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British Educational System

UK Education System

The education system in the UK is divided into four main parts, primary education, secondary education, further education and higher education. Children in the UK have to legally attend primary and secondary education which runs from about 5 years old until the student is 16 years old.

The education system in the UK is also split into "key stages" which breaks down as follows:

  1. Key Stage 1 - 5 to 7 years old
  2. Key Stage 2 - 7 to 11 years old
  3. Key Stage 3 - 11 to 14 years old
  4. Key Stage 4 - 14 to 16 years old

Generally key stages 1 and 2 will be undertaken at primary school and at 11 years old a student will move onto secondary school and finish key stages 3 and 4.

Students are assessed at the end of each stage. The most important assessment occurs at age 16 when students pursue their GCSE's or General Certificate of Secondary Education. Once students complete their GCSE's they have the choice to go onto further education and then potential higher education, or finish school and go into the working world.

Our overview of the education system in the UK is divided into five main sections:

Primary Education
Primary education begins in the UK at age 5 and continues until age 11, comprising key stages one and two under the UK educational system.
Secondary Education
From age 11 to 16, students will enter secondary school for key stages three and four and to start their move towards taking the GCSE's - learn more about secondary education in the UK and what it will involve. Primary and secondary education is mandatory in the UK; after age 16, education is optional.
Further Education
Once a student finishes secondary education they have the option to extend into further education to take their A-Levels, GNVQ's, BTEC's or other such qualifications. UK students planning to go to college or university must complete further education.
Higher Education
Probably the most important subject area on this site, this explains more about the higher education system in the UK and how it works for international students. Most international students will enter directly into the UK higher education system, after completing their home country’s equivalent to the UK’s “further education.”
Entry Requirements
Each level of education in the UK has varying requirements which must be satisfied in order to gain entry at that level - learn more about the education entry requirements for the UK.

Please note that Scotland has a separate education system and does not conform to the above structure.

British Educational System

The basic features of the British educational system are the following: 1) education is compulsory from 5 to 16; 2) the academic year usually begins in September and runs to early July; it has 3 terms, divided by the Christmas and Easter holidays. In addition, all schools have a ’half-term holiday’, lasting a few days or a week, in the middle of each term; 3) compulsory education is free of charge, but parents may spend money on educating their children if they want to; 4) there are three stages of education. Children move from the first stage (primary) to the second stage (secondary) at around the age of eleven or twelve. The third stage is ’further’ education at university or college.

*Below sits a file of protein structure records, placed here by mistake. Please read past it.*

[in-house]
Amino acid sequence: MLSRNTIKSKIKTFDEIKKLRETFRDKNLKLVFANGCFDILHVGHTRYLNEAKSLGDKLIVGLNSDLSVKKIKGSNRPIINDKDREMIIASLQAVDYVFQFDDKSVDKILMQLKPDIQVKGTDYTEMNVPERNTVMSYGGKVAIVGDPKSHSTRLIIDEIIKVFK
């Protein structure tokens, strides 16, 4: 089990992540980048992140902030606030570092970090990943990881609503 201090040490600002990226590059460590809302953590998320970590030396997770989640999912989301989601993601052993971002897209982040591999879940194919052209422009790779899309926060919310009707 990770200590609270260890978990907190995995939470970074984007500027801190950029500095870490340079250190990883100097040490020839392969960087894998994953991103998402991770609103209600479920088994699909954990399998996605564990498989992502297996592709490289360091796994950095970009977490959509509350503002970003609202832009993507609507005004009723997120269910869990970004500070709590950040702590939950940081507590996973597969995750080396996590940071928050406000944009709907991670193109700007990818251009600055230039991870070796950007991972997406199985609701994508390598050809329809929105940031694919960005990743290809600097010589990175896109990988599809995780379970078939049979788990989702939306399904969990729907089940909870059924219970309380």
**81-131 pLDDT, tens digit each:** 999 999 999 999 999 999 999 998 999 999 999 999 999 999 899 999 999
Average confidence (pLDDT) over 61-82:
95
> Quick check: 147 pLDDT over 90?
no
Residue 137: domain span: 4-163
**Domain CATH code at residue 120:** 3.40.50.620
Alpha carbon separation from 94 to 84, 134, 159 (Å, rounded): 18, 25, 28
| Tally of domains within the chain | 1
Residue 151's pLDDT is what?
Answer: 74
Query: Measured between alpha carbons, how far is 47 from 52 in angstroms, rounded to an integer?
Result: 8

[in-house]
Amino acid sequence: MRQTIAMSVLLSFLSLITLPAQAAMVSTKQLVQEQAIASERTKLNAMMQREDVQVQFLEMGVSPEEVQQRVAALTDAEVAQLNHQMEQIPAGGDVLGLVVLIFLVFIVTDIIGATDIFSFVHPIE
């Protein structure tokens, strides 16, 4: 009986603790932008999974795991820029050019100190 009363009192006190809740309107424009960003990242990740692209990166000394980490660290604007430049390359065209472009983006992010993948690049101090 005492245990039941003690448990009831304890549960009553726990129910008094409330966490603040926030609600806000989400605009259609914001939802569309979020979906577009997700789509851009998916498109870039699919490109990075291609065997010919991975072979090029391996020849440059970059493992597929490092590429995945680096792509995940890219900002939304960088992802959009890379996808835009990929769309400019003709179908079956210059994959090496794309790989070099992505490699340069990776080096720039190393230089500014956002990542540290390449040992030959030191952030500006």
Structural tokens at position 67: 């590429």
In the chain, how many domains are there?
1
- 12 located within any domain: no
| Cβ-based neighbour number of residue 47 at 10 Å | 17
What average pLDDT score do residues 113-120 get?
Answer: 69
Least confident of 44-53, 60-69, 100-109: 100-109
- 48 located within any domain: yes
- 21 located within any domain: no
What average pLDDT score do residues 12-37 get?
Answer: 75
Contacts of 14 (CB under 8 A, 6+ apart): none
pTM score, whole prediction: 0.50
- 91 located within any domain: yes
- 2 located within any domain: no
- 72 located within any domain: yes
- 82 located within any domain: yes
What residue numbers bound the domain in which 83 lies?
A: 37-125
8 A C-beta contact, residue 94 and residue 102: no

In 1988, for the first time in British history, a National Curriculum was introduced. The National Curriculum tells pupils which subjects they have to study, what they must learn and when they have to take assessment tests.

At the age of 5 children go to infant school which is the first stage of primary education. From 7 to 11 they attend junior schools, the second stage of primary education. In primary school children are taught the so-called 3R’s: reading, writing and arithmetic.

At the age of 11 children enter the secondary school. There are three types of state secondary schools in Britain. They are: grammar schools (for the most intelligent children), modern schools (for the less intelligent children) and comprehensive schools (for children of all abilities). Grammar schools lead towards higher education, and the others give general or vocational education to prepare students for employment or for further technical education. The regular secondary schools offer 7 years of schooling, with students from 11 to 18 years of age. The last two years (16–18) maybe spent in a separate sixth form college, which concentrates on career training.

Between the ages of 14 and 16, pupils study for their GCSE (General Certificate of Secondary Education) exams. Pupils must take English Language, Maths, and Science for GCSE, as well as half GCSE in a foreign language and Technology. In addition, they must also be taught Physical Education, Religious Education and Sex Education, although they do not take exams in these subjects.

Those who get good GCSE grades can stay at their school for another two years, if it has a sixth form and teaches the desired subjects, and then take ’A’ level (Advanced Level) exams. Otherwise they have to leave their school and go to a sixth-form college or college of further education. Further education colleges have strong ties with commerce and industry and offer courses in engineering, cooking or hairdressing.

The GCE Advanced (A) level is normally taken after a further two years of study. Good A’ level results in at least 2 subjects are necessary to get a place at a university. Universities choose their students after interviews. There are about 100 universities in Britain. The most famous of them are Oxford and Cambridge Universities.

About seven per cent of students go to private schools, where parents have to pay for their children. The most expensive private schools are called public schools. Most of these are single-sex boarding schools and students can live there during term-time.

Date: 2015-12-24; view: 3976

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